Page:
Updated Feb 22, 2024 - Business

Vice to lay off hundreds and stop publishing on website


Photo by Mario Tama/Getty Images

Vice Media CEO Bruce Dixon on Thursday said the company planned to lay off "several hundred positions" amid "fundamental changes" to its strategic vision.

Why it matters: The move follows a chaotic bankruptcy buyout last year, that saw the elimination of dozens of roles, consolidation of departments and canceling of news shows.

State of play: In his note, Dixon confirmed that Vice will be shutting down its digital operations, including its website.

  • He said moving forward the company "will look to partner with established media companies to distribute our digital content, including news, on their global platforms, as we fully transition to a studio model."
  • He added that the company will no longer publish content on vice.com and will instead emphasize using social channels, where "content will be viewed most broadly."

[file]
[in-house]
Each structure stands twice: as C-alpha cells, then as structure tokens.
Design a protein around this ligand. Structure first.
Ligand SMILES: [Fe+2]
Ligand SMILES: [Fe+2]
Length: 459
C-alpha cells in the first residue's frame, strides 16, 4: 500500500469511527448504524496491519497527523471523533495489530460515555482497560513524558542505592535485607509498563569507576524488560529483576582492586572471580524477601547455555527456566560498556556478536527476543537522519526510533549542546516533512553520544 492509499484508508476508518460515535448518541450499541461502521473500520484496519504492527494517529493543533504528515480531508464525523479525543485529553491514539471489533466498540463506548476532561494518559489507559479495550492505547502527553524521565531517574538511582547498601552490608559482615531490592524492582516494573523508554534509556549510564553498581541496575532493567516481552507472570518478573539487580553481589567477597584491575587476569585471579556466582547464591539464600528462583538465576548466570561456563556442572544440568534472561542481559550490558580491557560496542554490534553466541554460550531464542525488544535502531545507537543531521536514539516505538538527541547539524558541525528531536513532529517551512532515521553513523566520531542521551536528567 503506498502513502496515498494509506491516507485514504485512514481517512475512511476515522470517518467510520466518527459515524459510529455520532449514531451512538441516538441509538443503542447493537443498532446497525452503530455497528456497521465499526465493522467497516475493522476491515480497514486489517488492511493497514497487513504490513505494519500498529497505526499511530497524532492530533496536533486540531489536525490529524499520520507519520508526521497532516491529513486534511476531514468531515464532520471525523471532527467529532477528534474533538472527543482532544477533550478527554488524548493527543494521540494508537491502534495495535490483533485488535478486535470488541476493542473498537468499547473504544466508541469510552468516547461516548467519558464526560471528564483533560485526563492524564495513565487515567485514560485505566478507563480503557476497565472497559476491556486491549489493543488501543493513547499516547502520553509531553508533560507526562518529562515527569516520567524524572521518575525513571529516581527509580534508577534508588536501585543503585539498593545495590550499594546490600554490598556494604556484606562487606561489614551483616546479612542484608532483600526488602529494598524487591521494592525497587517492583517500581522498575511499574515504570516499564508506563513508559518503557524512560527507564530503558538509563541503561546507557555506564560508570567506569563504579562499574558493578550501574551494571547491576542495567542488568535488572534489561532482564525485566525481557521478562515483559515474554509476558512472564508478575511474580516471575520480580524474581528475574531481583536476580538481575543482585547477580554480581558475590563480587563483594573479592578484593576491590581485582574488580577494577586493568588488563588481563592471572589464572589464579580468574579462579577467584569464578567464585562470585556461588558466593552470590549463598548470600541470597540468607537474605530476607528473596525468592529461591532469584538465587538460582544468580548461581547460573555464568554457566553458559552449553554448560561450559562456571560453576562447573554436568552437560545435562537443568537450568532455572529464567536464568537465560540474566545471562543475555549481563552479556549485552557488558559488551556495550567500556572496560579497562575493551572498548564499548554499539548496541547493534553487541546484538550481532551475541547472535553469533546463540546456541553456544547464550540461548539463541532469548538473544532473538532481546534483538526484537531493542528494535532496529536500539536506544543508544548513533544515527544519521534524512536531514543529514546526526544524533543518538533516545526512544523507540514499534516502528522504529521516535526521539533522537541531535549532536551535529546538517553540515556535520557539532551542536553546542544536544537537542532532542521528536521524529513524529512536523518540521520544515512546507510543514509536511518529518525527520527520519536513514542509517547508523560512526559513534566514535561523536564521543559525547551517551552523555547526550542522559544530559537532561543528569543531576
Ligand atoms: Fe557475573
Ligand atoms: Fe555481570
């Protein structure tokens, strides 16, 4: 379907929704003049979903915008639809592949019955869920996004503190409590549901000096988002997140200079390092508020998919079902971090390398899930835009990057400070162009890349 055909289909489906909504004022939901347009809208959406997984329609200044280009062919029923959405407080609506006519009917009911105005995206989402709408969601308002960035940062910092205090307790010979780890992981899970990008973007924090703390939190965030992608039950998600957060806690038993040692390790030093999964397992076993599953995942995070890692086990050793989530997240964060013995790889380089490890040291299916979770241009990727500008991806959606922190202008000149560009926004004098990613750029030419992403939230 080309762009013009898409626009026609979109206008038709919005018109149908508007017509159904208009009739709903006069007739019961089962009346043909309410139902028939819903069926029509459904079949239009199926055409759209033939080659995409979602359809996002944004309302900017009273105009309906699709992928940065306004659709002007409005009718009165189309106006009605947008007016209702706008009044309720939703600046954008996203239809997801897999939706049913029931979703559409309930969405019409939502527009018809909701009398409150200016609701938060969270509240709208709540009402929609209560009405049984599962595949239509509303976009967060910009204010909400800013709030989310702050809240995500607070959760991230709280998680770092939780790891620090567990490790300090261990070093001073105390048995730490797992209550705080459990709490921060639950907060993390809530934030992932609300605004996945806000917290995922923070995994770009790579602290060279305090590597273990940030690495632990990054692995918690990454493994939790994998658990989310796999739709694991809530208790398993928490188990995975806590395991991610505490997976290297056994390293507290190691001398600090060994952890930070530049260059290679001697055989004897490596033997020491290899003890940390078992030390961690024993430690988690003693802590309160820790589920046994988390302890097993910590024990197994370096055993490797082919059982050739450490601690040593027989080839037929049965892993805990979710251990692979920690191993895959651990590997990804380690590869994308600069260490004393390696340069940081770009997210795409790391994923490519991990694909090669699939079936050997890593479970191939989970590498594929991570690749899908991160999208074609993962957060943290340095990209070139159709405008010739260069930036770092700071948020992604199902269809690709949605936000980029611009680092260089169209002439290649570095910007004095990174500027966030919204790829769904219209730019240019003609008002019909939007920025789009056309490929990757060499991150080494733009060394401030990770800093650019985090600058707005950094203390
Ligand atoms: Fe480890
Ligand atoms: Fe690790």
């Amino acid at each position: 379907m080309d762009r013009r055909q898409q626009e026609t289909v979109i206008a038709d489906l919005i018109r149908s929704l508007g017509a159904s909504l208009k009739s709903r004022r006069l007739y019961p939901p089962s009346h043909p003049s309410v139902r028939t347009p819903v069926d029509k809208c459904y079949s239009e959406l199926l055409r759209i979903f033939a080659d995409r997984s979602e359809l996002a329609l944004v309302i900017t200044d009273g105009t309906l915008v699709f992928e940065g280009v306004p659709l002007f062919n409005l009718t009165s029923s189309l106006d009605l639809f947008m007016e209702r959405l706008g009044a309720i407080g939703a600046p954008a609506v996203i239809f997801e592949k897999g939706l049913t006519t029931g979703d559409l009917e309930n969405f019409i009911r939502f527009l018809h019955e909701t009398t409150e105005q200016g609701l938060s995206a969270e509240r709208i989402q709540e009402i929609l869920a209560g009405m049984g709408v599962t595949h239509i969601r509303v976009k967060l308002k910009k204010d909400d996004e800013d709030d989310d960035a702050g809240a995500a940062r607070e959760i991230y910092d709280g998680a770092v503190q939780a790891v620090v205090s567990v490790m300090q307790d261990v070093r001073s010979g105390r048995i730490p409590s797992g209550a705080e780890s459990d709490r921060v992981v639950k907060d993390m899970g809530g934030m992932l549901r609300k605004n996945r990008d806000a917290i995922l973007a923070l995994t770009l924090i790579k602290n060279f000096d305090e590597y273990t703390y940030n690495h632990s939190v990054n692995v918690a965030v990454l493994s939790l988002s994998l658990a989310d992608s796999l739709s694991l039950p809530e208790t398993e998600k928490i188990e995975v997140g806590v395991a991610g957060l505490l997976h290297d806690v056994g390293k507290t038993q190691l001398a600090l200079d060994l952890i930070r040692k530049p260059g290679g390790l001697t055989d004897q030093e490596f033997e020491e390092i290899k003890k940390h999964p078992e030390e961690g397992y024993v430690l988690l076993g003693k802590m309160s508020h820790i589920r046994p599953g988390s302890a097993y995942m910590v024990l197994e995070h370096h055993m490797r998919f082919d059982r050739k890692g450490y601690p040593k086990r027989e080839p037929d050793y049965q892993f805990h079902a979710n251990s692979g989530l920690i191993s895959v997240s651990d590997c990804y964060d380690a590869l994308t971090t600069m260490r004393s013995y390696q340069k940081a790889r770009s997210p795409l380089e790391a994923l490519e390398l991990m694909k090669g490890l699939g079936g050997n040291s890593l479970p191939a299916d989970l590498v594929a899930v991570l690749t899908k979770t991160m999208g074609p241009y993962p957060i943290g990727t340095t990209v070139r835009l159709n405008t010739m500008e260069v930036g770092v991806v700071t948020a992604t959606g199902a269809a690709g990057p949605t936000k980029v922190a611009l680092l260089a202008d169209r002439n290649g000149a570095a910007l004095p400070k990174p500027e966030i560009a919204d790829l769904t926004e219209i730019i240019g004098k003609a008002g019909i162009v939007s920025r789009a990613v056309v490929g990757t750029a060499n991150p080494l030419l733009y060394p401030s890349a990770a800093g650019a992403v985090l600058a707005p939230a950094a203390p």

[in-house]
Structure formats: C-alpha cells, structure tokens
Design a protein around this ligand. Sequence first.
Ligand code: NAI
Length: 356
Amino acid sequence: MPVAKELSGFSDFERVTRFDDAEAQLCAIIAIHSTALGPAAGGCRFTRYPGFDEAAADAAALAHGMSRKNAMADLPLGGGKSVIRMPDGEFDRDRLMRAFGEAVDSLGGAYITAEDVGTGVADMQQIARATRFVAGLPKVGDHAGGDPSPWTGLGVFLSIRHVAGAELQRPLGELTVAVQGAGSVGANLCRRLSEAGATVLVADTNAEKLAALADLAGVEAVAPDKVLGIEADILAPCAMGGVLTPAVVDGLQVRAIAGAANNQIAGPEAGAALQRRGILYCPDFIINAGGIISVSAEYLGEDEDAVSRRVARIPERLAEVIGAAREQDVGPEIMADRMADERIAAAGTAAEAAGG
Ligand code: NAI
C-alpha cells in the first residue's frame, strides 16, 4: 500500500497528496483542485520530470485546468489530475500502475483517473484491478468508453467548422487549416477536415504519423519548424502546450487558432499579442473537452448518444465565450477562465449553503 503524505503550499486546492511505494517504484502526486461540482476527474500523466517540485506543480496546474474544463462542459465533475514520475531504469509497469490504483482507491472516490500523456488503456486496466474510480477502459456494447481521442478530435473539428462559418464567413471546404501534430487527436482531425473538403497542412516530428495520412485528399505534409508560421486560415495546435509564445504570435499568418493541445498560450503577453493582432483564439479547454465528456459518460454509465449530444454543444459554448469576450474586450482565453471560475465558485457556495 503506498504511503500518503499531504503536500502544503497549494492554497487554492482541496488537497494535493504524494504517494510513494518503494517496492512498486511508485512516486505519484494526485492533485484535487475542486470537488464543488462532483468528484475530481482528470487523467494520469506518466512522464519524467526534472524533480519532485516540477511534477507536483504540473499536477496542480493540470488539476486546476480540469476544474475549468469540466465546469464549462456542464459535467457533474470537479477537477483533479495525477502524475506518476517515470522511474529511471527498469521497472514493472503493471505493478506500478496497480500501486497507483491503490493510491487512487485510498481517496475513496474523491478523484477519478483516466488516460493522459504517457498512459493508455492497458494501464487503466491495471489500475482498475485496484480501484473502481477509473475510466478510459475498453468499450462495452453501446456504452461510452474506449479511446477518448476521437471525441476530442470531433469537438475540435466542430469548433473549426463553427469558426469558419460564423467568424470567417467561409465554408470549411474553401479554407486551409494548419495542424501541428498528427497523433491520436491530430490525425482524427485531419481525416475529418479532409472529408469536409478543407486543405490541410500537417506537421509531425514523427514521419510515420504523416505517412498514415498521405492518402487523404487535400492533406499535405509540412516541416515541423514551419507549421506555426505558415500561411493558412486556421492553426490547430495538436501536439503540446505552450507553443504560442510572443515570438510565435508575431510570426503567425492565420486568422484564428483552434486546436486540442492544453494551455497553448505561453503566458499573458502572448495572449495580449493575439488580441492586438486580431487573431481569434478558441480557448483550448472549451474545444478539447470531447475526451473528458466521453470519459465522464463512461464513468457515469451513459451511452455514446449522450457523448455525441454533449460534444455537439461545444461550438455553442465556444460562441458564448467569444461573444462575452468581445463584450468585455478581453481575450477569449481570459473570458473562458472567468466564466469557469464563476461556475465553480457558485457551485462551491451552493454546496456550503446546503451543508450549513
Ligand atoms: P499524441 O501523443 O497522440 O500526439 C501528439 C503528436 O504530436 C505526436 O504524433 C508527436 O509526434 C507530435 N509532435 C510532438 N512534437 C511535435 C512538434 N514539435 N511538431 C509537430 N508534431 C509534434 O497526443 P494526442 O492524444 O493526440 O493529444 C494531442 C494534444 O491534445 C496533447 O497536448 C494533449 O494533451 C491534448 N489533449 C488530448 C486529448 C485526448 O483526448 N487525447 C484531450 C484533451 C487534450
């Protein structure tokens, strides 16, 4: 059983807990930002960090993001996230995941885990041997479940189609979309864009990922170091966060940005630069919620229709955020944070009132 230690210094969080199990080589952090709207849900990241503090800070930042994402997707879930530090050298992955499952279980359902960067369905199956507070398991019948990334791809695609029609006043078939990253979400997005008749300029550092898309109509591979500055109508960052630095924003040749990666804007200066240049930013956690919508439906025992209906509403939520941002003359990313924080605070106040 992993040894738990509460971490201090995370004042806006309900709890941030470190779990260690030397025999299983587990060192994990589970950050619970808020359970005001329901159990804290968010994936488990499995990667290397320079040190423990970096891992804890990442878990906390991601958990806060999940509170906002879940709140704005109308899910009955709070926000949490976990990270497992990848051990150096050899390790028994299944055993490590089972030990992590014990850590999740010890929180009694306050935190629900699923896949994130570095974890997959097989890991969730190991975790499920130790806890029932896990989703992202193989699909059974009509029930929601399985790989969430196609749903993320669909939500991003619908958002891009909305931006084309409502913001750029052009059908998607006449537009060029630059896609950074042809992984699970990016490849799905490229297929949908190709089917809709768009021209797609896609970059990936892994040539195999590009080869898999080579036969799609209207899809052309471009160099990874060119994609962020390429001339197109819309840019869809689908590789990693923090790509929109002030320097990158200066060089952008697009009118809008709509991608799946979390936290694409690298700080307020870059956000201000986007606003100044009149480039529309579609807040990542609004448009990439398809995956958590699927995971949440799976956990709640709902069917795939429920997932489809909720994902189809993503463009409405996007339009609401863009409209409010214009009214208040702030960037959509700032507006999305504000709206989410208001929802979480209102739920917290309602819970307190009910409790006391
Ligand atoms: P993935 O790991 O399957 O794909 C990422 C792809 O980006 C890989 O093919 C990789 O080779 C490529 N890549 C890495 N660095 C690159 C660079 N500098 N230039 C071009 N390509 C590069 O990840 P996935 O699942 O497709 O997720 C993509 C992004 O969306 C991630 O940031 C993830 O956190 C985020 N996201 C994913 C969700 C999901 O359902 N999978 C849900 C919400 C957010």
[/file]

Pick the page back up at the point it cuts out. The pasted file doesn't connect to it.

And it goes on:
Catch up quick: Vice, the parent company to brands like Refinery29, Virtue and others, was acquired by a syndicate led by Fortress Investment Group.

  • Vice formerly owned i-D magazine but sold it and has been "in advanced discussions" to sell Refinery29, Dixon said in his note.
  • He added that further news would be announced in the coming weeks.
  • Until then, Refinery29 "will continue to operate as a standalone diversified digital publishing business," he said.

The big picture: Once high-flying media brands are shrinking as the digital ad market tightens further.

  • BuzzFeed on Wednesday announced the sale of Complex for $108.6 million, a company it paid nearly triple for as part of its SPAC in 2021, albeit with some assets not involved.
  • BuzzFeed also said it will lay off 16% of its workforce.
  • Vox Media, which an executive once dubbed the "most acquisitive company" in digital media, spun off its political brand NowThis last year. It laid off 4% of its overall staff in November and 7% last January.
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